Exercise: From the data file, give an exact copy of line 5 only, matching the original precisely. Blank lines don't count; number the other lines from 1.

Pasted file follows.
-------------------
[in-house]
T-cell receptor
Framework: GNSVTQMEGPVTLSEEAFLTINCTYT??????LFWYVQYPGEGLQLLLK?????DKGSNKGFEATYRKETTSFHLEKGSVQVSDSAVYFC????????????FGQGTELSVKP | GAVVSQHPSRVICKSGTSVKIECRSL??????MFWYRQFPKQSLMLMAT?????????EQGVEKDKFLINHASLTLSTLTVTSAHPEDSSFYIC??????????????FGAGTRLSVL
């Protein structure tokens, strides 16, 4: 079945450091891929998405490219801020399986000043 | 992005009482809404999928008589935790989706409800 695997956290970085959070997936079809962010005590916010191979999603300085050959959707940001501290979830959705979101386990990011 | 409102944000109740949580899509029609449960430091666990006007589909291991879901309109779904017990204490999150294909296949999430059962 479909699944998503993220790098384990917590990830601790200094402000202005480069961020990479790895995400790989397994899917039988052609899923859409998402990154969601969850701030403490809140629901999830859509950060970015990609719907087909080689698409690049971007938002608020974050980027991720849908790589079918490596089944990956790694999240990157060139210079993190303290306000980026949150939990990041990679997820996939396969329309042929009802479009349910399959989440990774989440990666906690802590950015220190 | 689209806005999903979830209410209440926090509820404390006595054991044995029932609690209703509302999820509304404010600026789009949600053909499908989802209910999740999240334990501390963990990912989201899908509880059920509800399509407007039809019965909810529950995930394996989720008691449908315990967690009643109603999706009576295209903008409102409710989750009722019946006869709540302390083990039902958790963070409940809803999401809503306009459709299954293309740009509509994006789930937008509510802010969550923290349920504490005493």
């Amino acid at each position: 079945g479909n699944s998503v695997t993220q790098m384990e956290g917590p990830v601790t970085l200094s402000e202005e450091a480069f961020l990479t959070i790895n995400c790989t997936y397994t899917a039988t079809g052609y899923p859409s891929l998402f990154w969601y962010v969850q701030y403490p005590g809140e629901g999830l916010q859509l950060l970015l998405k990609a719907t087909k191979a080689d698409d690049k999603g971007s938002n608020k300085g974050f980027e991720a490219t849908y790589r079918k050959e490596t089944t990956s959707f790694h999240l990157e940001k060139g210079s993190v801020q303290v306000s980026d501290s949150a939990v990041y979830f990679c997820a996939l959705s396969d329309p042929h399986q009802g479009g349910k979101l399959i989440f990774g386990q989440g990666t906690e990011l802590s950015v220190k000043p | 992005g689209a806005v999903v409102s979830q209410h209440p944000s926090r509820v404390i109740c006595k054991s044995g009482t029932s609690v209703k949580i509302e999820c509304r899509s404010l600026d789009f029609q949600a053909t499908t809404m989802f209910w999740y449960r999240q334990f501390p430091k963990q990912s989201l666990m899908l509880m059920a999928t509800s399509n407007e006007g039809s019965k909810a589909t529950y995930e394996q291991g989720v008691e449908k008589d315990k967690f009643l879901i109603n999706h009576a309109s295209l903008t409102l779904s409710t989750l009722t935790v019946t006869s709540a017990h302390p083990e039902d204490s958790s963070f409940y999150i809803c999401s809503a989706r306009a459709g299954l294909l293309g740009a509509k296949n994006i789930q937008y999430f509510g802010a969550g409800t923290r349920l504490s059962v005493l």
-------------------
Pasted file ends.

């Amino acid at each position: 079945g479909n699944s998503v695997t993220q790098m384990e956290g917590p990830v601790t970085l200094s402000e202005e450091a480069f961020l990479t959070i790895n995400c790989t997936y397994t899917a039988t079809g052609y899923p859409s891929l998402f990154w969601y962010v969850q701030y403490p005590g809140e629901g999830l916010q859509l950060l970015l998405k990609a719907t087909k191979a080689d698409d690049k999603g971007s938002n608020k300085g974050f980027e991720a490219t849908y790589r079918k050959e490596t089944t990956s959707f790694h999240l990157e940001k060139g210079s993190v801020q303290v306000s980026d501290s949150a939990v990041y979830f990679c997820a996939l959705s396969d329309p042929h399986q009802g479009g349910k979101l399959i989440f990774g386990q989440g990666t906690e990011l802590s950015v220190k000043p | 992005g689209a806005v999903v409102s979830q209410h209440p944000s926090r509820v404390i109740c006595k054991s044995g009482t029932s609690v209703k949580i509302e999820c509304r899509s404010l600026d789009f029609q949600a053909t499908t809404m989802f209910w999740y449960r999240q334990f501390p430091k963990q990912s989201l666990m899908l509880m059920a999928t509800s399509n407007e006007g039809s019965k909810a589909t529950y995930e394996q291991g989720v008691e449908k008589d315990k967690f009643l879901i109603n999706h009576a309109s295209l903008t409102l779904s409710t989750l009722t935790v019946t006869s709540a017990h302390p083990e039902d204490s958790s963070f409940y999150i809803c999401s809503a989706r306009a459709g299954l294909l293309g740009a509509k296949n994006i789930q937008y999430f509510g802010a969550g409800t923290r349920l504490s059962v005493l």